A lot of naïve tech solutions for voting are explicitly designed to not have the secret ballot property: they are instead designed specifically to let voters check that what their vote was counted as after the election. As mentioned earlier, this is a problem for vote-buying and coercion.

It’s theoretically possible to have a system where you can ensure your ballot, specifically, was correctly counted after the election, without losing the secret ballot property: ThreeBallot is a cool example of such a system, though it fails the “obviousness” property.

Most systems end up not having an auditable paper trail since they rely on machines to record votes. This is vulnerable to bugs in the machine: you end up having to trust the output of the machine. Buggy/vulnerable voting machines are so common that every year at DEFCON people get together to hack the latest voting machines, and typically succeed.

Voting machines can still produce a paper trail: Voter-Verified Paper Trail systems partially succeed in doing this. They’re not as good with maintaining the “conservation of ballots” property that makes tampering much harder, and they’re not as good on the “obviousness” part since people need to check the VVPAT box for what their vote was recorded as.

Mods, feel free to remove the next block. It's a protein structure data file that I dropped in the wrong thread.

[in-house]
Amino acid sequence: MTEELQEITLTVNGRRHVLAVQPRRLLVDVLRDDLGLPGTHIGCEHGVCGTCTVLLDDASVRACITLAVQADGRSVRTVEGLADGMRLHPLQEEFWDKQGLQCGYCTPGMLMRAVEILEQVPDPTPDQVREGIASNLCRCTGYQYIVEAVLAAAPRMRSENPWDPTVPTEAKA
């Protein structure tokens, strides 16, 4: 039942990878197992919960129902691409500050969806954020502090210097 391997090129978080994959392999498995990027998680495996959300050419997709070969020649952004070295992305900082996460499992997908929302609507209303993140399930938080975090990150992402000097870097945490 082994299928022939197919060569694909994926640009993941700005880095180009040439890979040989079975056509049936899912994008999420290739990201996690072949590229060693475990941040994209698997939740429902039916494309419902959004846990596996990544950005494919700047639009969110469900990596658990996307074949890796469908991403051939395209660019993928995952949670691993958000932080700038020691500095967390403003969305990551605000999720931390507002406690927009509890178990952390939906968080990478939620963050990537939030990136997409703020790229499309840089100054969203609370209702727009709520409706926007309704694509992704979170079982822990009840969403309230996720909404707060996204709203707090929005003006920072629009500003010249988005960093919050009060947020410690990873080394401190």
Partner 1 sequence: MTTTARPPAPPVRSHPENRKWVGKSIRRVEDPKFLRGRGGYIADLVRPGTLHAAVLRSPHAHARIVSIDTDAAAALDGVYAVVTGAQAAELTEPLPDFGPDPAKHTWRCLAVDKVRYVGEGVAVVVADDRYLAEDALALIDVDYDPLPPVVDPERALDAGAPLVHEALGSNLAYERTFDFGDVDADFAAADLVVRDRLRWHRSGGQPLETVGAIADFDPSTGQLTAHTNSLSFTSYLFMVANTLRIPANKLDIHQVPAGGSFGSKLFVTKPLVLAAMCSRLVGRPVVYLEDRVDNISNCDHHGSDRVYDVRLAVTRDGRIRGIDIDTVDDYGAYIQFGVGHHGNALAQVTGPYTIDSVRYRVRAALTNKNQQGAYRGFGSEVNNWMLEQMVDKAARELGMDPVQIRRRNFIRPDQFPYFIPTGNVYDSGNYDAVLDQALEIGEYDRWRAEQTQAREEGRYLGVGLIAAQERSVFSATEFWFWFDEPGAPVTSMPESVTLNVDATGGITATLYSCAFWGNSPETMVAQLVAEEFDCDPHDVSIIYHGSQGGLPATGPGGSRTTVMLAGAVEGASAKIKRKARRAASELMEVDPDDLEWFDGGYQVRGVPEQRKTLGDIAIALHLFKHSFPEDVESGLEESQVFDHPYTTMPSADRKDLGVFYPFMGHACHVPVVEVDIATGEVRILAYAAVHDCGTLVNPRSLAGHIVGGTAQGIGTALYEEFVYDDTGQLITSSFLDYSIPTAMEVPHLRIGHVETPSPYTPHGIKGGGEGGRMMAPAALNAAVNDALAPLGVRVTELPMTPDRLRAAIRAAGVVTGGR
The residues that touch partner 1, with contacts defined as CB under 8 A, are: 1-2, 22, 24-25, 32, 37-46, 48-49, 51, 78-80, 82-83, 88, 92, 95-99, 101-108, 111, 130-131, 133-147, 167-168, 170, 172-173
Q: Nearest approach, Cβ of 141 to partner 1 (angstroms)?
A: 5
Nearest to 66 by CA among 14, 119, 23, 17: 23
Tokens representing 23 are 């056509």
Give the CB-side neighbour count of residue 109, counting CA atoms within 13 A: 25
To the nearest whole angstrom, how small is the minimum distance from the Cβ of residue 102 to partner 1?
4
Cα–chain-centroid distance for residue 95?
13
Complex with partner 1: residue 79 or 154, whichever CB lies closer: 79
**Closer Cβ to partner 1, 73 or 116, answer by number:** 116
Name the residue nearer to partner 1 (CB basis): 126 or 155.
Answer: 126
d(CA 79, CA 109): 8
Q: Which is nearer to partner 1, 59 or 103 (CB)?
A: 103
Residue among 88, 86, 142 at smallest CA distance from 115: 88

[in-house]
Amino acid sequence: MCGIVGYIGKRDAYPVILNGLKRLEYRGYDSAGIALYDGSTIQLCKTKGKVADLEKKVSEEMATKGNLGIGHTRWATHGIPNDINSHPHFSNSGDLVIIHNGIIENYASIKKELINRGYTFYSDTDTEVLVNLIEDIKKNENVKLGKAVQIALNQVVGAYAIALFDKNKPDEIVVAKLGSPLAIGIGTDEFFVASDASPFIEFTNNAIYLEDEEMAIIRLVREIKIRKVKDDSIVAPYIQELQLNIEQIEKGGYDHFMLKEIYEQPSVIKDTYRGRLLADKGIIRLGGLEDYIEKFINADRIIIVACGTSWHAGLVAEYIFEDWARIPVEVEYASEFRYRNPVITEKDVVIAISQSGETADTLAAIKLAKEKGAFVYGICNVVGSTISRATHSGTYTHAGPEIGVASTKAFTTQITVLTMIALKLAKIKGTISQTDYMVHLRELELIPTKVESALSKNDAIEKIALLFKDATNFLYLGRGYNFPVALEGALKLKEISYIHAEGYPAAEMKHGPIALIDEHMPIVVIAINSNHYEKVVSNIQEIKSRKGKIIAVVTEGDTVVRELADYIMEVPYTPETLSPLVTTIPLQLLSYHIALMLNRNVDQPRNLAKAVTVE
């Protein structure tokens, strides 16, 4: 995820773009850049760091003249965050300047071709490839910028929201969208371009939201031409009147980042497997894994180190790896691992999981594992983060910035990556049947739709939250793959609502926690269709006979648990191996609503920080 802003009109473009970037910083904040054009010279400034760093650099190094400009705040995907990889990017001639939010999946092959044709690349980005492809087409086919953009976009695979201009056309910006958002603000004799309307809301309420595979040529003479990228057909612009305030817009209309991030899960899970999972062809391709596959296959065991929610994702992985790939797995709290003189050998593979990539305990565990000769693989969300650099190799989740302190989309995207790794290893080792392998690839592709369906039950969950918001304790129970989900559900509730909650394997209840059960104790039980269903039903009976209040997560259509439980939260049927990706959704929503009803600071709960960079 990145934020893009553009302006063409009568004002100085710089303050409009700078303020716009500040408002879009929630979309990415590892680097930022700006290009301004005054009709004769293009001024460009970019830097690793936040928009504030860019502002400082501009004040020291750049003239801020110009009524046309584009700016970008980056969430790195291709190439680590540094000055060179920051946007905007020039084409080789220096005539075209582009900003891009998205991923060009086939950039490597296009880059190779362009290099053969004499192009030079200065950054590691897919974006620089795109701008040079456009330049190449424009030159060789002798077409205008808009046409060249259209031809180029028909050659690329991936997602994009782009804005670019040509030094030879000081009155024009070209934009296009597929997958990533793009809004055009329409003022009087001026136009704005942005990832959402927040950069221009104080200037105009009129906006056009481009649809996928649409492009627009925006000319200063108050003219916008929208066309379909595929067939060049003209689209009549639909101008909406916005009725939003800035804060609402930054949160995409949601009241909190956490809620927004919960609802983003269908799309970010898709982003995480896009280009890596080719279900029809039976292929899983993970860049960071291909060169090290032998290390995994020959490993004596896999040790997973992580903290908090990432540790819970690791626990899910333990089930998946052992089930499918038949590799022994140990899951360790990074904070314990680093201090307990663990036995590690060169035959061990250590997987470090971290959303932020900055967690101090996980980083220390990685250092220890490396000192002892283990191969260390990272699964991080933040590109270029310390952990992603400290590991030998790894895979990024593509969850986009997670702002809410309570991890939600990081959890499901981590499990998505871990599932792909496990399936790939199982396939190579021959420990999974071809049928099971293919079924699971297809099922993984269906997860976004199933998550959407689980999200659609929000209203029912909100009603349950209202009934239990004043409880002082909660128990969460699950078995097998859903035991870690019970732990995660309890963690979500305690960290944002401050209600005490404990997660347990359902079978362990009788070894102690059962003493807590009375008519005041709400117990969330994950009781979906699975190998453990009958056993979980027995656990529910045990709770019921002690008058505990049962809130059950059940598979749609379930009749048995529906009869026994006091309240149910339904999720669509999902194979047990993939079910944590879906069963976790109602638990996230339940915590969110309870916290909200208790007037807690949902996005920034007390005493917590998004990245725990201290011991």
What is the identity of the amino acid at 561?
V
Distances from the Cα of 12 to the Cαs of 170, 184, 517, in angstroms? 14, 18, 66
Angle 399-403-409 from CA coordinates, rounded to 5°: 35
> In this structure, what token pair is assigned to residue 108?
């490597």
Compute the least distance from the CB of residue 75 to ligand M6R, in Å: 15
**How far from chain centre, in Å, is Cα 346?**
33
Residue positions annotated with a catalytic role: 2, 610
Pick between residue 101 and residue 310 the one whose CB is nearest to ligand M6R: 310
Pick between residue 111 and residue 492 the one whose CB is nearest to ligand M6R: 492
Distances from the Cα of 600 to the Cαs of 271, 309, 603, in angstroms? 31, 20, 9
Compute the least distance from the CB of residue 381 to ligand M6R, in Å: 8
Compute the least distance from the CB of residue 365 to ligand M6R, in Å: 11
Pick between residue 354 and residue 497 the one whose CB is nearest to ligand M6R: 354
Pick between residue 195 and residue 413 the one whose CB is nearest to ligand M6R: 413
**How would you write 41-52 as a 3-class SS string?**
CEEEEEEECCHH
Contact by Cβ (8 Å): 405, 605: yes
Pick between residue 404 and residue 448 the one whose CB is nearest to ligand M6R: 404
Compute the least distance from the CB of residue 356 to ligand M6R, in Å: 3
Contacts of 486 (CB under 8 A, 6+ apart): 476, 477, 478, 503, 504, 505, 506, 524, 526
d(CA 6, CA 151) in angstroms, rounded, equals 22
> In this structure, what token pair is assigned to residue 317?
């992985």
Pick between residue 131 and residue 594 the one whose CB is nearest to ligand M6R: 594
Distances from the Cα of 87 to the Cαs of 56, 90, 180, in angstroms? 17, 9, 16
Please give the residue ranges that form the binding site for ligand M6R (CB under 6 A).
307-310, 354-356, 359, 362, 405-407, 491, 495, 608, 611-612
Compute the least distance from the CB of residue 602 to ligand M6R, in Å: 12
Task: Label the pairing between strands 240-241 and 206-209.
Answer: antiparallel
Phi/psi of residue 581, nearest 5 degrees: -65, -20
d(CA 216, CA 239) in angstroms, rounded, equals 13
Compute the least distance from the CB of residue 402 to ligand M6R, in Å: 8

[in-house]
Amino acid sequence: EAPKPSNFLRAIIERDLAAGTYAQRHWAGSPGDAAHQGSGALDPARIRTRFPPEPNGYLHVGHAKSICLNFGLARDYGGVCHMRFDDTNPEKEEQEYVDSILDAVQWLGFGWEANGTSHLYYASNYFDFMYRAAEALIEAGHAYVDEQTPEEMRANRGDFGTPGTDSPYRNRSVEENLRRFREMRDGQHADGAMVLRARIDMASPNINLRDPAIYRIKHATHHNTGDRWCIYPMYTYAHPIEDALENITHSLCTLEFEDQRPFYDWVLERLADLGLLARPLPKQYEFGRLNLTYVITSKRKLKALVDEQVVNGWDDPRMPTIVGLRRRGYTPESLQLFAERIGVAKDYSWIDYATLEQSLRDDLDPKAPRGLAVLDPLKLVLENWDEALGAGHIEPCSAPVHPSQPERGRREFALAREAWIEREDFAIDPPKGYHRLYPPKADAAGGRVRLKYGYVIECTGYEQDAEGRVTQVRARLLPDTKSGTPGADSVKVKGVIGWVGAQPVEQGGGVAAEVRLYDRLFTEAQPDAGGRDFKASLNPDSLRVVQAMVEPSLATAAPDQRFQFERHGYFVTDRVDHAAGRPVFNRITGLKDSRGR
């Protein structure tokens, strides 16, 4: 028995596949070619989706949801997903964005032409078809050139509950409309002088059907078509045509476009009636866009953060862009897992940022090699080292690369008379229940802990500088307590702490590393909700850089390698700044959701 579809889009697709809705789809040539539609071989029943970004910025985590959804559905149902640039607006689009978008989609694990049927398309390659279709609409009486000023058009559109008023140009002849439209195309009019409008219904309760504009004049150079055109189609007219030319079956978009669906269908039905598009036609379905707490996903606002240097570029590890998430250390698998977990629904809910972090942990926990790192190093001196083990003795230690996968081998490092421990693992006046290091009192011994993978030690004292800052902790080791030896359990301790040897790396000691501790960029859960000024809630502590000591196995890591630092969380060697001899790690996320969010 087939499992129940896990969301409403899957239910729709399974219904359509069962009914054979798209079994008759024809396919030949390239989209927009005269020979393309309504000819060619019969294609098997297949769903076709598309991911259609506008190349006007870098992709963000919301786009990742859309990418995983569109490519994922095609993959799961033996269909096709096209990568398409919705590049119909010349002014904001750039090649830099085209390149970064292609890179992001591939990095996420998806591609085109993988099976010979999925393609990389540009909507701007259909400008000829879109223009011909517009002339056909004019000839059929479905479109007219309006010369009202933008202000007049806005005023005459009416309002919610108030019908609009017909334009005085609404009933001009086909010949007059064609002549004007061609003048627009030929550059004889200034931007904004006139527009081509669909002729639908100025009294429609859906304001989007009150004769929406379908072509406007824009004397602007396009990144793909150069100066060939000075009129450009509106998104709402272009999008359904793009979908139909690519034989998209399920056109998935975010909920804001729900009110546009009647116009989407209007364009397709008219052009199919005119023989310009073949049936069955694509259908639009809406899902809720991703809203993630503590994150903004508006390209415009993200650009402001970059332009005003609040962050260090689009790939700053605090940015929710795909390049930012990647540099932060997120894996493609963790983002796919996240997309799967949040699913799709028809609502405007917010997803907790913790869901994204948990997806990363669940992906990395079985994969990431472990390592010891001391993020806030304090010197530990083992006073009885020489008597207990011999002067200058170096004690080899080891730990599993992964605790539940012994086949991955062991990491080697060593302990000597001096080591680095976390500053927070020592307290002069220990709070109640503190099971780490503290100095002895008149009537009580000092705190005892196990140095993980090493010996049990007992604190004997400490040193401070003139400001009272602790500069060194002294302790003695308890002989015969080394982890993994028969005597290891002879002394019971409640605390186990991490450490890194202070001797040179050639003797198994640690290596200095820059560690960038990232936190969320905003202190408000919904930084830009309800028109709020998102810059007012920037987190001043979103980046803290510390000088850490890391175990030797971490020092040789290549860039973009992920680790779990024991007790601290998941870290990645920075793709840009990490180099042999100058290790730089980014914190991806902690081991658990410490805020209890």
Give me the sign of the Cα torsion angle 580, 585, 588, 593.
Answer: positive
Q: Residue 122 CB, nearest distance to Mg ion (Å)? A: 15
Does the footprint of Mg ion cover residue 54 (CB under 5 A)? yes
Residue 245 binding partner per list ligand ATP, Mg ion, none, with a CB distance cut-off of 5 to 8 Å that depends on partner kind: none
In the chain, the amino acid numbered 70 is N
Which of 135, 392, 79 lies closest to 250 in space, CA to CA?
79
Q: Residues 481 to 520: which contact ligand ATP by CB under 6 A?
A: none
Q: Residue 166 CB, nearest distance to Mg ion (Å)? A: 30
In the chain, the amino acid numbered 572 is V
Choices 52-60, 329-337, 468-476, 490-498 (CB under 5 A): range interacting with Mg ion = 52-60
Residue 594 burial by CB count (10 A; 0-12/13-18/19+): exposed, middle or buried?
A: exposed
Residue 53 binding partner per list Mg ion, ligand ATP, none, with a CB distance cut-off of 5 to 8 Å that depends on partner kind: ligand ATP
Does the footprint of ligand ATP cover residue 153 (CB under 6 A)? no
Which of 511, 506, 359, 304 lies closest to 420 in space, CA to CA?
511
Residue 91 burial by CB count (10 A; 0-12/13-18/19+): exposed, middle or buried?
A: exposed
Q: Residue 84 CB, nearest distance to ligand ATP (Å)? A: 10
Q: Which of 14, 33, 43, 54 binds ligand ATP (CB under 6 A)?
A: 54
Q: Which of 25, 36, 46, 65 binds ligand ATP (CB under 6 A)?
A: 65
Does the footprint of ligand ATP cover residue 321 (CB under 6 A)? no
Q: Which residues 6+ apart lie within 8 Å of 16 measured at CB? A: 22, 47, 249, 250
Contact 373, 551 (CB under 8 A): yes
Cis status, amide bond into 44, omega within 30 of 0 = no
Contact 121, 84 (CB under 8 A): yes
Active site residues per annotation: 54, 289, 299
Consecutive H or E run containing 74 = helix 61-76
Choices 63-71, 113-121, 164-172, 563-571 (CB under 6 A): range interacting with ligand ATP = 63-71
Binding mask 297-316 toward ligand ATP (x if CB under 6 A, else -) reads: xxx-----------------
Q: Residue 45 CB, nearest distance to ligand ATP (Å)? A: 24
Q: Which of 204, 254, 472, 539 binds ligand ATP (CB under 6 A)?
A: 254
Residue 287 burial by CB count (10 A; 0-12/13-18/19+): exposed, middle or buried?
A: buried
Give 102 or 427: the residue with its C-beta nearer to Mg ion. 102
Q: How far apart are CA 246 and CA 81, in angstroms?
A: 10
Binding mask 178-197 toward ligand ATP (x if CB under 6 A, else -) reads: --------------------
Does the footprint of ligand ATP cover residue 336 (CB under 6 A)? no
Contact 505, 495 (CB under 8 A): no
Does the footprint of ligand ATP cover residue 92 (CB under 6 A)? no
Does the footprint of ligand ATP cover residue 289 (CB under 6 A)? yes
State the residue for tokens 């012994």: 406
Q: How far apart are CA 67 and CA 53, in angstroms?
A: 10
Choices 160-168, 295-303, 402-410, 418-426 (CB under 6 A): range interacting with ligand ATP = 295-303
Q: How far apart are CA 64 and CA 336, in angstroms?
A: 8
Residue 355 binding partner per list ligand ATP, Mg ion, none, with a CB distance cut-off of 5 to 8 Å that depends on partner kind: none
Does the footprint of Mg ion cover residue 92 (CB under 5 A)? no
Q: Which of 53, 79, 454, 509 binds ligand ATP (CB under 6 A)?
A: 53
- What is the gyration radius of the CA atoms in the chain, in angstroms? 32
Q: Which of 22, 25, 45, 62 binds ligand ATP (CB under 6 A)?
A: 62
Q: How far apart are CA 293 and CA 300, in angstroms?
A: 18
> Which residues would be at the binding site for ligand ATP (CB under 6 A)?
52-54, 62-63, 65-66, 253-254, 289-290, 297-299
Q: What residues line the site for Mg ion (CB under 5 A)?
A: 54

Ballot-Marking devices are a bit better at this: These still produce paper ballots, it’s just that the ballot is marked by the machine on your behalf. There’s still a bit of an “obviousness” fail in that people may not double check the marked ballot, but at least there’s a nice paper trail with ballot conservation! Of course, these only work if the produced ballot is easily human-readable.

It’s not impossible to design good voting systems that rely on technology, but it’s hard to maintain the same properties you can with paper ballots. If you want to try, please keep the properties listed above in mind.

### Blockchain?

Every now and then people will suggest using blockchains for voting. This is a pretty large design space, but …. most of these proposals are extremely naïve and achieve very little.

For one, most of them are of the category that lose the “secret ballot” property, instead producing some kind of identifier you’re able to check in some published blockchain. This lets you see what your vote was after the election, and as I’ve covered already that’s not a good thing.

Even if this process only lets you verify that your vote was counted (but not what it was), it typically involves some understanding of cryptography to spot-check the validity of the machine output (e.g. you need to verify that some hash is the hash of your actual vote or something). This fails the obviousness property.

Blockchains don’t really bring much to the table here. They’re decent for byzantine fault tolerance in a space without a central authority, but elections do have some form of central authority and we’re not getting rid of that. The anonymity properties of blockchains can usually be achieved without blockchains for things like elections.